In 1796, the scientist Edward Jenner injected material from a cowpox virus into an eight-year-old boy with a hunch that this would provide the protection needed to save people from deadly outbreaks of the related smallpox virus.
It was a success.
The eight-year-old was inoculated against the disease, and this became the first ever vaccine.
But why did it work?
To understand how vaccines function, we need to know how the immune system defends us against contagious diseases in the first place.
When foreign microbes invade us, the immune system triggers a series of responses in an attempt to identify and remove them from our bodies.
The signs that this immune response is working are the coughing, sneezing, inflammation and fever we experience, which work to trap, deter and rid the body of threatening things, like bacteria.
These innate immune responses also trigger our second line of defense, called adaptive immunity.
Special cells called B cells and T cells are recruited to fight microbes, and also record information about them, creating a memory of what the invaders look like and how best to fight them.
This know-how becomes handy if the same pathogen invades the body again.
But despite this smart response, there's still a risk involved.
The body takes time to learn how to respond to pathogens and to build up these defenses.
And even then, if a body is too weak or young to fight back when it's invaded, it might face very serious risk if the pathogen is particularly severe.
But what if we could prepare the body's immune response, readying it before someone even got ill?
This is where vaccines come in.
Using the same principles that the body uses to defend itself, scientists use vaccines to trigger the body's adaptive immune system without exposing humans to the full strength disease.
This has resulted in many vaccines, which each work uniquely, separated into many different types.
First, we have live attenuated vaccines.
These are made of the pathogen itself but a much weaker and tamer version.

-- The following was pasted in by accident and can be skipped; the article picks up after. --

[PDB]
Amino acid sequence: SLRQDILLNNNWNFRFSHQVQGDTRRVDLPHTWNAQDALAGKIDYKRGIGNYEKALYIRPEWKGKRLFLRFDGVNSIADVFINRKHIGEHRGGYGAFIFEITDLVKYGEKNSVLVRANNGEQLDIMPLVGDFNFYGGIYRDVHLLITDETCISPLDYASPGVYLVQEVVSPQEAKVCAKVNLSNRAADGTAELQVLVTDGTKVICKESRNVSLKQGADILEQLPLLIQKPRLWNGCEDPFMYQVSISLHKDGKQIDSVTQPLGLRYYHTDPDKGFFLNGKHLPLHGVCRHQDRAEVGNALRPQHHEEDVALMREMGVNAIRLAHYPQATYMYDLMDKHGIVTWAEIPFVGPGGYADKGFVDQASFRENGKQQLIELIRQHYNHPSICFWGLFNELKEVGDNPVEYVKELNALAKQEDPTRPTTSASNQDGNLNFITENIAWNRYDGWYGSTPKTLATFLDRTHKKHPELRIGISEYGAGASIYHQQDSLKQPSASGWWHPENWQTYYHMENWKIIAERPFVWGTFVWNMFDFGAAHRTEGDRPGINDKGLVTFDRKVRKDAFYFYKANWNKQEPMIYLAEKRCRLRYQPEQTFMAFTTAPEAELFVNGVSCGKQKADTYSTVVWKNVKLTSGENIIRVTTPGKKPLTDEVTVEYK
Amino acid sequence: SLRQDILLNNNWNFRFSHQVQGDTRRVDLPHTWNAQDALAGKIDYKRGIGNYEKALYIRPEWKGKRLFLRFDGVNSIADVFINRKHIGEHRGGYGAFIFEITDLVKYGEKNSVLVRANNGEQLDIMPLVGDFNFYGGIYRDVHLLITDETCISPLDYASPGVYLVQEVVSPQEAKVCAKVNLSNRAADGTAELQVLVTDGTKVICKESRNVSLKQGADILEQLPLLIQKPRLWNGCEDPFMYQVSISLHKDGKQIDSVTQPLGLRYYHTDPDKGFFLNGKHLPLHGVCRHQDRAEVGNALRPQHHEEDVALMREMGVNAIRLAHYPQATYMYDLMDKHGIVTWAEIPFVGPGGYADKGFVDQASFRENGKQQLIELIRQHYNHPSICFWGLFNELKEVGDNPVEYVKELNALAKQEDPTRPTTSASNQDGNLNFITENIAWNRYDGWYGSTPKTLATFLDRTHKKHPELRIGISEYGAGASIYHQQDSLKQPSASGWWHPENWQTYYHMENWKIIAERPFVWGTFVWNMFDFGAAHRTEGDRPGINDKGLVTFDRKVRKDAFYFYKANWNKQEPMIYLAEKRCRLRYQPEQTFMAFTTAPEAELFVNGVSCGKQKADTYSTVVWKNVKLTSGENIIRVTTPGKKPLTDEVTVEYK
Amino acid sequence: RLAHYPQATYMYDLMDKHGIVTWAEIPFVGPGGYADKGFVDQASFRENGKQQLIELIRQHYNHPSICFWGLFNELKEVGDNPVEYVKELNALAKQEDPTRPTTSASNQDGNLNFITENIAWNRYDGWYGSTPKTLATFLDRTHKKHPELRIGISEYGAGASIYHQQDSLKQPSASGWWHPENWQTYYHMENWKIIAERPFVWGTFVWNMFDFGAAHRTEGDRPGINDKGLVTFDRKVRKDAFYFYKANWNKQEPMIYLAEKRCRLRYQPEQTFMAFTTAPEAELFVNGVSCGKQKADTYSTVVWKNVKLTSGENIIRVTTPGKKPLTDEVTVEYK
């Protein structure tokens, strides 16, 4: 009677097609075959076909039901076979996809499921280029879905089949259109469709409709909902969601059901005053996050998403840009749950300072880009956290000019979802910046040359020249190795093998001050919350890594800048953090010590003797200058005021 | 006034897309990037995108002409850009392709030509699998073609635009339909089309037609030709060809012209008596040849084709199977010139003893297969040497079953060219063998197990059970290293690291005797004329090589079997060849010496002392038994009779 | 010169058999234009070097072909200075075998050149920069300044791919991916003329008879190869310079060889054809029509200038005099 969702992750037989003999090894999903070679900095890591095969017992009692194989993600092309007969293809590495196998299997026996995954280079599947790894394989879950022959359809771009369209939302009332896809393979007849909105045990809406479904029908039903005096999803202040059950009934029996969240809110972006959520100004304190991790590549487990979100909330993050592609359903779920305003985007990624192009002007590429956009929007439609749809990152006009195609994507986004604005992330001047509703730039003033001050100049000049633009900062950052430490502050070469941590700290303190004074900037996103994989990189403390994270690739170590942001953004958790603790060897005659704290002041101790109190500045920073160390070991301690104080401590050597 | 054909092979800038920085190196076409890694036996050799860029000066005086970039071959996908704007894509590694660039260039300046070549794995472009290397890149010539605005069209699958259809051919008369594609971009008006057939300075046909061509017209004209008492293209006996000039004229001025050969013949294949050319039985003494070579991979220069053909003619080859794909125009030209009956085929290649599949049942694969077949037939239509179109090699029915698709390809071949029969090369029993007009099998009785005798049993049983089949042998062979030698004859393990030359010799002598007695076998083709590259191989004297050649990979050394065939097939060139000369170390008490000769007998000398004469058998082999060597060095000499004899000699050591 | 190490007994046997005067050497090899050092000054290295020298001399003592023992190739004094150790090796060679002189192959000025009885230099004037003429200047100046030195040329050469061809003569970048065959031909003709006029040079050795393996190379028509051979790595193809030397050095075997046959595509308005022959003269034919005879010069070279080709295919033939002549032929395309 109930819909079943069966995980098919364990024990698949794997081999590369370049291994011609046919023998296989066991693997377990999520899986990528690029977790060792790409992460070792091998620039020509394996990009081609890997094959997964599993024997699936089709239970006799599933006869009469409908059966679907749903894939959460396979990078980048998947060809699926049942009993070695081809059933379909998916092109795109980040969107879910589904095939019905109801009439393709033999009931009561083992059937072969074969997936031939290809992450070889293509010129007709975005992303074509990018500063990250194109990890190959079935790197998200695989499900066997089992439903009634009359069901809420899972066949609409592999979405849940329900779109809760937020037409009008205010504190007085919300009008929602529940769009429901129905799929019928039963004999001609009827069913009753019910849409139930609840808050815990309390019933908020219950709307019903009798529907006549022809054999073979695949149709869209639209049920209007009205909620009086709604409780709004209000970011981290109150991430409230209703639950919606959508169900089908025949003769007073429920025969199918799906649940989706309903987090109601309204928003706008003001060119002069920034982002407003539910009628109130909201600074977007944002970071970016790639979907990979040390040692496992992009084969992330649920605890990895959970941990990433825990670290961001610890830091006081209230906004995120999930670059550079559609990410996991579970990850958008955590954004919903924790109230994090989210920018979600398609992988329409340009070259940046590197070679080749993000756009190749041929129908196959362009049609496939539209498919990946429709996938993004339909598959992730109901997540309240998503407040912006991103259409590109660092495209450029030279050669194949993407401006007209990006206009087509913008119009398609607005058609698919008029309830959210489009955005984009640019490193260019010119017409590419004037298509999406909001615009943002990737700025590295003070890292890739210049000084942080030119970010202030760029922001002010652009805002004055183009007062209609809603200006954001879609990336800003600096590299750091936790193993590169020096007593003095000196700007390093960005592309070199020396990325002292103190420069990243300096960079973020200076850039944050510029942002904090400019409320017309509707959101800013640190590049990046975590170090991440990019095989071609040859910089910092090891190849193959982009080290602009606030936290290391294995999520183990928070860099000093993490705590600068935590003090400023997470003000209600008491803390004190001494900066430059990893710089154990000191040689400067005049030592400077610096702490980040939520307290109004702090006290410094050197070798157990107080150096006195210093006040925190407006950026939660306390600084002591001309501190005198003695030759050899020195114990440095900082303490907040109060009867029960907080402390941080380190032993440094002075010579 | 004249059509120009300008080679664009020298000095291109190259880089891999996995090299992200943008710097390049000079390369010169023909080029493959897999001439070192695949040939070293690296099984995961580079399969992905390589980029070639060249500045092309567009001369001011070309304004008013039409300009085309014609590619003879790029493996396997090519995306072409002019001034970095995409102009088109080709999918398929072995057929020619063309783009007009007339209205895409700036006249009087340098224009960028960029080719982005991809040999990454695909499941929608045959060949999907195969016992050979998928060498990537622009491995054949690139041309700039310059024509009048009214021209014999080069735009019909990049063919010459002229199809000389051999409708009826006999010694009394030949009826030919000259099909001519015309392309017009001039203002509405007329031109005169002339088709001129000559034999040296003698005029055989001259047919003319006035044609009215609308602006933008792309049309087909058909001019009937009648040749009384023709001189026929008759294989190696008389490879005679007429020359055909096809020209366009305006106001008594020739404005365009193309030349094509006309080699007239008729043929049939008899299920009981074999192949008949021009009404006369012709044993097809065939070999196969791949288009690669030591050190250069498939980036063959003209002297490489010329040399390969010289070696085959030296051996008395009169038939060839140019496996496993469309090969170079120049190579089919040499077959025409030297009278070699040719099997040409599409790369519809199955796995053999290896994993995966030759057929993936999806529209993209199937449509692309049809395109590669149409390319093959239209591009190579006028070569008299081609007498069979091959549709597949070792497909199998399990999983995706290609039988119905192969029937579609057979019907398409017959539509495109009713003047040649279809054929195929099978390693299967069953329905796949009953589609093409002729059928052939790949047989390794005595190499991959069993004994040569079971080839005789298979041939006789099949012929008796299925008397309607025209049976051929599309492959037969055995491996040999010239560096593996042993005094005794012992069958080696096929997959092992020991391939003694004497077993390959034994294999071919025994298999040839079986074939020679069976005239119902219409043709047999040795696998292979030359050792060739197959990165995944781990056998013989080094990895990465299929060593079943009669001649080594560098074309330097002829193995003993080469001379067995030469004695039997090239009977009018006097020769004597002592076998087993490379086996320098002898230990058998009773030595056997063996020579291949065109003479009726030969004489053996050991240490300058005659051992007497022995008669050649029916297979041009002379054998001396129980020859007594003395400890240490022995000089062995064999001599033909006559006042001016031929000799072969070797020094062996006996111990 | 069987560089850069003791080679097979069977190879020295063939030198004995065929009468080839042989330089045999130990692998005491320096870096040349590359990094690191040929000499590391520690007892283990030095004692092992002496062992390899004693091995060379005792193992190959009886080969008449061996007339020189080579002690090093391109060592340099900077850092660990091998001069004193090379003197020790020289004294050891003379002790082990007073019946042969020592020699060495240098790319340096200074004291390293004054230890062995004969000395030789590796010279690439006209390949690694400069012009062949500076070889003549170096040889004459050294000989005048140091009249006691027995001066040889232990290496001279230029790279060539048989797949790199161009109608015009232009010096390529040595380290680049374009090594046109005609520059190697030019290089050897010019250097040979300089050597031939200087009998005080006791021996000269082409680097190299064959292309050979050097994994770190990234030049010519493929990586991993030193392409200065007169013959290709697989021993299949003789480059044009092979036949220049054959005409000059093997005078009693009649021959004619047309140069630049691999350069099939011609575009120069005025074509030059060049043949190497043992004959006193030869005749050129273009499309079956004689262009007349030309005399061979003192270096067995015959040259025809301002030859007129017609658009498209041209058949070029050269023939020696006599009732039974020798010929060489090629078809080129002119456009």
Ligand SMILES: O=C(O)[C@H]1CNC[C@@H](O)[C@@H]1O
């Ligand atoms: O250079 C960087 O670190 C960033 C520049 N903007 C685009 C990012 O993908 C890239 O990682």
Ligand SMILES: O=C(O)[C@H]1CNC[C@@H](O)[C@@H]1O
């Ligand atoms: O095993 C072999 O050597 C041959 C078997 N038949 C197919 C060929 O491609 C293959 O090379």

Next, we have inactive vaccines, in which the pathogens have been killed.
The weakening and inactivation in both types of vaccine ensures that pathogens don't develop into the full-blown disease.
But just like a disease, they trigger an immune response, teaching the body to recognize an attack by making a profile of pathogens in preparation.
The downside is that live attenuated vaccines can be difficult to make, and because they're live and quite powerful, people with weaker immune systems can't have them, while inactive vaccines don't create long-lasting immunity.
Another type, the subunit vaccine, is only made from one part of the pathogen, called an antigen, the ingredient that actually triggers the immune response.
By even further isolating specific components of antigens, like proteins or polysaccharides, these vaccines can prompt specific responses.
Scientists are now building a whole new range of vaccines called DNA vaccines.
For this variety, they isolate the very genes that make the specific antigens the body needs to trigger its immune response to specific pathogens.
When injected into the human body, those genes instruct cells in the body to make the antigens.
This causes a stronger immune response, and prepares the body for any future threats, and because the vaccine only includes specific genetic material, it doesn't contain any other ingredients from the rest of the pathogen that could develop into the disease and harm the patient.
If these vaccines become a success, we might be able to build more effective treatments for invasive pathogens in years to come.
Just like Edward Jenner's amazing discovery spurred on modern medicine all those decades ago, continuing the development of vaccines might even allow us to treat diseases like HIV, malaria, or Ebola, one day.